The Fox Point Hurricane Barrier/A Second Life for the Hurricane Barrier
1. Fox Point and Night Boat Era 1822-1932 Firefly challenges the Stagecoach Era.
2. Colonial Wharf at South Water Street: 1910-1942
3. Fox Point Hurricanes Barrier 1961-1966 Construction and 2005-2007 changes from I-I95 relocation
4. Providence River Bride Its design, construction and journey up Narragansett Bay by tugboat
5. Shipping Expands around the Point
6. Fox Point: the 19th Century Port of Providence Downgrades from goods and passengers to coal and scrap metals
7. Welcome to India Point Park
8. Welcome to Fox Point
9. Tockwooten and the Indiamen Ship building and trade with Orient India Point
10. Sails to Rails 1835: Providence’s First Train Station
11. Bridging the Seekonk
12. Rogers Williams Landing 1636
The hurricanes of 1938 and 1954 left vast devastation to property and loss of human lives. To prevent a repeat of this unexpected disaster, the city prepared to defend itself by building the Fox Point Hurricane Barrier.
As soon as a hurricane or any major storm causes waters to rise-when people are stocking up
This is Exchange Place during the 1938 Hurricane, looking toward the Biltmore Hotel and City Hall. The streets were virtually alive with floating cars, and all around were strings of swamped trolley cars. The barrier, completed in 1966, extends from Allens Avenue to India Point Park to protect the city of Providence from flooding by the Providence River and Narragansett Bay. Flooding may result from heavy rains or a “storm surge,” when a coastal storm pushes water up the Bay. A storm surge becomes a critical problem when it rides the high tide, as it did during the hurricanes of 1938 and 1954. The barrier defends the city in two ways: first, it stops the storm surge from coming into the city; second, a pumping station pumping the river’s water up and through he barrier into the Bay. This concept is fairly simple, but there are some complicated components that make it work.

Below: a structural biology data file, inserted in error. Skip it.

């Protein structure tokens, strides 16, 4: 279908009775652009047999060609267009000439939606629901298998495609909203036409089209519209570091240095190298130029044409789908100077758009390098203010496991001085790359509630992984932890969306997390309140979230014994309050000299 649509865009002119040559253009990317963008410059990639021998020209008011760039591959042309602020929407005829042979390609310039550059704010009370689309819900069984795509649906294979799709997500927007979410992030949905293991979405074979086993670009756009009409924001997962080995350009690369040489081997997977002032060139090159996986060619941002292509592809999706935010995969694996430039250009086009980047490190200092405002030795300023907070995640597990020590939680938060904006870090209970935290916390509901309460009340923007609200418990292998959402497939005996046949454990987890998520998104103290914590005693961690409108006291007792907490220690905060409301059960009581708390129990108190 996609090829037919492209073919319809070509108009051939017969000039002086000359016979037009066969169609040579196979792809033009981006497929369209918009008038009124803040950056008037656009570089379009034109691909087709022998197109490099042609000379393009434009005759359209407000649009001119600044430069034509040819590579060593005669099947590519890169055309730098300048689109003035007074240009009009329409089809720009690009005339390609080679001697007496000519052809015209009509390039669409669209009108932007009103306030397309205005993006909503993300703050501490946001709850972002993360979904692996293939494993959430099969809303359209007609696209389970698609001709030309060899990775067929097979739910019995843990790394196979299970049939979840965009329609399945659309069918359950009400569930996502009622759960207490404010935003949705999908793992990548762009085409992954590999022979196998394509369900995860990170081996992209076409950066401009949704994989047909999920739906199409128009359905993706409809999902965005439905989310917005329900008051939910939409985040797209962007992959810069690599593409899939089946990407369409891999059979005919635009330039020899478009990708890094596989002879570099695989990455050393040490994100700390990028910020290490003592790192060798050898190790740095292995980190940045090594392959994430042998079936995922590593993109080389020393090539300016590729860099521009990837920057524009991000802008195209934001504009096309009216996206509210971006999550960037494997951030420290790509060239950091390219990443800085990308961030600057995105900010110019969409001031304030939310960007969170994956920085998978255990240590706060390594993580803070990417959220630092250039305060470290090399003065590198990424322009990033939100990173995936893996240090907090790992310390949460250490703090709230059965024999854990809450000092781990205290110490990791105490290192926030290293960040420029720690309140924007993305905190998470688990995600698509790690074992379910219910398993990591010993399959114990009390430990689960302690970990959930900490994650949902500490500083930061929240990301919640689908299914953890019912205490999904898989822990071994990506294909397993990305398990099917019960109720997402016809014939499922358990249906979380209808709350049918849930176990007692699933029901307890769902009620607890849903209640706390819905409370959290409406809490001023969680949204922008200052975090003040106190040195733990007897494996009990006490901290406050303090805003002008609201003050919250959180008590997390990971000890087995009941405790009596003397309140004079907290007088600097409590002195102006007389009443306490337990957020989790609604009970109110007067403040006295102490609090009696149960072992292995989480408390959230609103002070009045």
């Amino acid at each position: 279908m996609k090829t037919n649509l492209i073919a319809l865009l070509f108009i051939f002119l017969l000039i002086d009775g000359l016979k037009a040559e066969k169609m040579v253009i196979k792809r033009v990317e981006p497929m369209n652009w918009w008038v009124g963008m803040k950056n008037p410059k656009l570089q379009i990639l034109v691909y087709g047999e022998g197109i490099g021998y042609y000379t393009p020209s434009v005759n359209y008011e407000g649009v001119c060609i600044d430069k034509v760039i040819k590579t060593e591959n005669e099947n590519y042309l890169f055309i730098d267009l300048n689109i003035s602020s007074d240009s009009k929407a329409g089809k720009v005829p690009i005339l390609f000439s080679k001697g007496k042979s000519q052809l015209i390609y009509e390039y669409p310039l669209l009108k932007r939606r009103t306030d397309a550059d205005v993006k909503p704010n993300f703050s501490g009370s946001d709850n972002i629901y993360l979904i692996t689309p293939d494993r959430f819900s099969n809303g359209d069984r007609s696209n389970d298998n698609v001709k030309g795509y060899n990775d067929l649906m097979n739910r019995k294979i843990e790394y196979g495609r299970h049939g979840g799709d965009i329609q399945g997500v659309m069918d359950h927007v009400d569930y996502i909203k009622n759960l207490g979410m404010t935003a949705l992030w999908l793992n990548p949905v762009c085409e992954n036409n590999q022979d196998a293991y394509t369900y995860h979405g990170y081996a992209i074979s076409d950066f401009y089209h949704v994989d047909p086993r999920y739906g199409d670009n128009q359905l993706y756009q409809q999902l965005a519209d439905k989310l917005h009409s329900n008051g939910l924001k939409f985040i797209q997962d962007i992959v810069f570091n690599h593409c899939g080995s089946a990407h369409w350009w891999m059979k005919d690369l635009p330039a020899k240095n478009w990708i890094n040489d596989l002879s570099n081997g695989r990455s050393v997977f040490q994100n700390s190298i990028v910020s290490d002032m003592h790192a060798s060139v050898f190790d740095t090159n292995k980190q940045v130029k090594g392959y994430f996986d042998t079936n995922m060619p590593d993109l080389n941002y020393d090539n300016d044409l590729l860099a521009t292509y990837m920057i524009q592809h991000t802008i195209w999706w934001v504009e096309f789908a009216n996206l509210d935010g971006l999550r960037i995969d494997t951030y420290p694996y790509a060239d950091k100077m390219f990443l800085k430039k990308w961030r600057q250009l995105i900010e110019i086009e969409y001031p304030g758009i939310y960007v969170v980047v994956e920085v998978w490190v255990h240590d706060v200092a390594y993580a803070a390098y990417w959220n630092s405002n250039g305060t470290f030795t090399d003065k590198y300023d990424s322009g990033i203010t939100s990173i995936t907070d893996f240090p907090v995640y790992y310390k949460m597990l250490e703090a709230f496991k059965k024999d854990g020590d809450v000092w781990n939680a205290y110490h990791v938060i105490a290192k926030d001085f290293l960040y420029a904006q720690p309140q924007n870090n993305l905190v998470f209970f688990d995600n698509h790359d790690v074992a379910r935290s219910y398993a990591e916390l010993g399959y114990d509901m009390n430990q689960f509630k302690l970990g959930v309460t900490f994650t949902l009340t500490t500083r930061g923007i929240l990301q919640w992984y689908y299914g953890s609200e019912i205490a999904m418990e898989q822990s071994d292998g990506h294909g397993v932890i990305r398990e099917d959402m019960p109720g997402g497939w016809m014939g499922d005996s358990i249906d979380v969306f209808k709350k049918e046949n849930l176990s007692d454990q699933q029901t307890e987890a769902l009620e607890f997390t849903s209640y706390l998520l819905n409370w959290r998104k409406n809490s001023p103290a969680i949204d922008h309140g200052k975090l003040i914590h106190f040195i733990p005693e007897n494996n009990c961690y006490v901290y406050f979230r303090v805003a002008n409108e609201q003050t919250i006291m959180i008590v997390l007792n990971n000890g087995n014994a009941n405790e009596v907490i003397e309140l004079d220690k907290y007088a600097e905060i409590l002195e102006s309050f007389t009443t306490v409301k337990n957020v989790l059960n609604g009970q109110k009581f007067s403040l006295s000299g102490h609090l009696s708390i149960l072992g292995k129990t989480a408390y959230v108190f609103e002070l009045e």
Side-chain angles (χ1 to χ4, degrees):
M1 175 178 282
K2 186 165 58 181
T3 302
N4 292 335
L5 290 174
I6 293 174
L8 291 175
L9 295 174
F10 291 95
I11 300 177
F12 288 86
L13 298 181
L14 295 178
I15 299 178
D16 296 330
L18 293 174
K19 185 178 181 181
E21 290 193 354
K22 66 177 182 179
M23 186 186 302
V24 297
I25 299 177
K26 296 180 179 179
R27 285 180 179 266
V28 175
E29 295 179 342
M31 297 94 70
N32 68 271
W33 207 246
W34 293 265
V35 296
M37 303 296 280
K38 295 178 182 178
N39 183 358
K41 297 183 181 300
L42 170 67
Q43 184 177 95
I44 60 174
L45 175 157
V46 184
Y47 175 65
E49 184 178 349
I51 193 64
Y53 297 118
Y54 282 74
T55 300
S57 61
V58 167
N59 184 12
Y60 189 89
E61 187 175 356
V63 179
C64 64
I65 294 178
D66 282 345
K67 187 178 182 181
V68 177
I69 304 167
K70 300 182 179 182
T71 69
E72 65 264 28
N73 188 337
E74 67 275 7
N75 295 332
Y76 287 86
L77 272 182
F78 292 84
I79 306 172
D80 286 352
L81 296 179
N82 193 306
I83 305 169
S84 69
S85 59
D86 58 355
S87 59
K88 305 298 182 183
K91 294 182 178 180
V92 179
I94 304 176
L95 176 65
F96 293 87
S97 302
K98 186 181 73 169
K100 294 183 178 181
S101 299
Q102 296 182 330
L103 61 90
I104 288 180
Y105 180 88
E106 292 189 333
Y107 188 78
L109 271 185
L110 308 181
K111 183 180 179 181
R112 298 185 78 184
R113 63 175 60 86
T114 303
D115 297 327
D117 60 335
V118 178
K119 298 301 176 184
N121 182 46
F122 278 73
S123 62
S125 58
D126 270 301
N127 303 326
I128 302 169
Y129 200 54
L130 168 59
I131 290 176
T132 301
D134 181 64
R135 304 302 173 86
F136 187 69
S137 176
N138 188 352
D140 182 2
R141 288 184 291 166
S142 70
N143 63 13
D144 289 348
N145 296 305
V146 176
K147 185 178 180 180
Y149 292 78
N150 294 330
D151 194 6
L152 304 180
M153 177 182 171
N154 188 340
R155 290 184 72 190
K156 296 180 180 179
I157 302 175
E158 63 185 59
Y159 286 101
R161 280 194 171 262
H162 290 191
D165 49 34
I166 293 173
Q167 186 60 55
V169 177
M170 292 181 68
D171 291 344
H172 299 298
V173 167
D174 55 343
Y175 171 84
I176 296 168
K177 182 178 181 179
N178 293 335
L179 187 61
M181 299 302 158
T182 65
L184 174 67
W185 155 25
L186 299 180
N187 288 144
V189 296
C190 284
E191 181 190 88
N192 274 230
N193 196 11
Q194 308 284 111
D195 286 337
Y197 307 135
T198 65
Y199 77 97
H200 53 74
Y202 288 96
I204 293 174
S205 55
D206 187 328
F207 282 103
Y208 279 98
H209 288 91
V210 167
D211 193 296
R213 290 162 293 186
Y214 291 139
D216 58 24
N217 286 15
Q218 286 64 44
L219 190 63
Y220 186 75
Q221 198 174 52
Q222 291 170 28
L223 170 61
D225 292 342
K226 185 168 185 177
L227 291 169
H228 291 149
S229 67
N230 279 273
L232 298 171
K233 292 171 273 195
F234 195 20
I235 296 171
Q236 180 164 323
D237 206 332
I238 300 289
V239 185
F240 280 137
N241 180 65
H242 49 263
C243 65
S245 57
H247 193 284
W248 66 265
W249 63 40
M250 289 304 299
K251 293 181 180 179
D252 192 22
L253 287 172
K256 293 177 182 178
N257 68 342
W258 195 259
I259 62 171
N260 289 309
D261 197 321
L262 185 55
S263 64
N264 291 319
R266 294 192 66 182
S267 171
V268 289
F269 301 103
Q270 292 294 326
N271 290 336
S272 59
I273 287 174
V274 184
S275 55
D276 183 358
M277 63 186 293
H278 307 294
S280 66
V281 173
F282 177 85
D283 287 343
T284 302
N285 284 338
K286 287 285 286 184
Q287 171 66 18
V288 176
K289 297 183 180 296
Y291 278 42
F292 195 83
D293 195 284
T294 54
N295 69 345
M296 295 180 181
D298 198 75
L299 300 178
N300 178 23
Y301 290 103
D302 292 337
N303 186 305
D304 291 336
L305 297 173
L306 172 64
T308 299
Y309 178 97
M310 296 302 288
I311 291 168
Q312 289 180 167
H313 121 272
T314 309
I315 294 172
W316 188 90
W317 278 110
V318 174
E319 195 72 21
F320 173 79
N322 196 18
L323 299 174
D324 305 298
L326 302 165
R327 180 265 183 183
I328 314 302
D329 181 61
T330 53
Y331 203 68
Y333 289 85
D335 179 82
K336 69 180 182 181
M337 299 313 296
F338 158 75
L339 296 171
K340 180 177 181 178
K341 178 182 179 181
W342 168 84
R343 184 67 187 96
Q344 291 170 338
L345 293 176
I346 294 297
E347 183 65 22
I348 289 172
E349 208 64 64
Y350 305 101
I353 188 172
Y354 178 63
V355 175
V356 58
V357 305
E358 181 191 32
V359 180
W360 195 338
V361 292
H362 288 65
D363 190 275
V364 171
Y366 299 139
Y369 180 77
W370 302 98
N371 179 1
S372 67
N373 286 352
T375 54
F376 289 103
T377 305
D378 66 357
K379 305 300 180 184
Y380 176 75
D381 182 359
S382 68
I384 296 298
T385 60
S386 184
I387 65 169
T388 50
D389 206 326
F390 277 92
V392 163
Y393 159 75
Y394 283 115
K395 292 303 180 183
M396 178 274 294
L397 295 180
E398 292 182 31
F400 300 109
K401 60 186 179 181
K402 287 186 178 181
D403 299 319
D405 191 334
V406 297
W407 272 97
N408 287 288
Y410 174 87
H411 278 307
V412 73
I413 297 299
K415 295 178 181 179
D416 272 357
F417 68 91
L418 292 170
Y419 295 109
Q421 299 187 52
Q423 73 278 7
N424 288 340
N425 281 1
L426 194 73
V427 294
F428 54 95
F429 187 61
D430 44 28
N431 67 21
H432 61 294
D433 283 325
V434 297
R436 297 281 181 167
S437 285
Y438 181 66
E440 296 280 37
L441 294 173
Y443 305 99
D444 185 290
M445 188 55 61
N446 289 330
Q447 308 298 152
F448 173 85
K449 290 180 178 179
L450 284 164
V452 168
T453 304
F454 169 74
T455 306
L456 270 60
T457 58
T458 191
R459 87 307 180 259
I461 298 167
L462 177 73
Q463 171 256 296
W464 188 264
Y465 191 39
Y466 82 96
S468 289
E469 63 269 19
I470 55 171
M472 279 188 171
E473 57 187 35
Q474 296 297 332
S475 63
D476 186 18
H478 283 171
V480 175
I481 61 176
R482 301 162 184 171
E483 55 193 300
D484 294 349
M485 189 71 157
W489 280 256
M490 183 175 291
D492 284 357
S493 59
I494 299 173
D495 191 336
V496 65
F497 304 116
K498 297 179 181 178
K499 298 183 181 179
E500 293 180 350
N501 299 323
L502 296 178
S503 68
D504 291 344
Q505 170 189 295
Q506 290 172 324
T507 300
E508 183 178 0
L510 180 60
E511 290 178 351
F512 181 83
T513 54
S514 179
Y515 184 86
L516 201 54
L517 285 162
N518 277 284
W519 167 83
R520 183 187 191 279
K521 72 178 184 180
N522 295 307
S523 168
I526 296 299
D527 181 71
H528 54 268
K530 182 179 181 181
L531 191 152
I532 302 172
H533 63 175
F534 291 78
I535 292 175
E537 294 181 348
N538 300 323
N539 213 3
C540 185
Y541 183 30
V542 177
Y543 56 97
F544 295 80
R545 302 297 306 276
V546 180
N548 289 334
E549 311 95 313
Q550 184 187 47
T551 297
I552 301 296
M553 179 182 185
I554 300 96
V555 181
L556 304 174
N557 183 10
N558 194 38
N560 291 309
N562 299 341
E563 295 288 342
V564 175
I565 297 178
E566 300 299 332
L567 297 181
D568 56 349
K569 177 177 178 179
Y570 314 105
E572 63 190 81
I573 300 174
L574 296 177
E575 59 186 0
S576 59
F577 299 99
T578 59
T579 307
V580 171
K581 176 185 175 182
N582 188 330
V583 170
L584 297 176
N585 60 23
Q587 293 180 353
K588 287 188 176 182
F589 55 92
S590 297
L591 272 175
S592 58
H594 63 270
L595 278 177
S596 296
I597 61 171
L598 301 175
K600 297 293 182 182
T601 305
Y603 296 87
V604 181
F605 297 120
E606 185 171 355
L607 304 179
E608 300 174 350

The River Gates:
The hurricane barrier contains three openings, through which both the river’s water and small boats can pass. When a storm threatens the city with flooding, 40 foot by 40 foot gates are lowered over the openings to ward off the surge. The gates weight 53
The Pumping Stations:
The pumping station houses five pumps, which are among the largest in the world. In case of an upriver flood from torrential rains, the pumps would move over 3,000,000 gallons of water per minute away from the city into the Bay.
The Vehicular Gates:
Spaces were left in the barrier’s dikes at Allens Avenue and South Main Street for vehicular and pedestrian traffic. During a flood, these spaces must be sealed and vehicular gates do this job. The gates, 13 feet high and 76 feet wide, are swung manually and locked into place.
Two dikes made of armor stone (a dense, impervious type of rock) extended inland from the Providence River’s banks to where the land is 25 feet above sea level- high enough to contain a storm surge.
The Hurricane Barrier was the first structure of its type in the United States to be approved for construction. A pioneer in design, criteria for such a project in this challenging geology were hard to find in the 1960s. The cofferdam shown above would be drained of water and mud to allow construction in the river.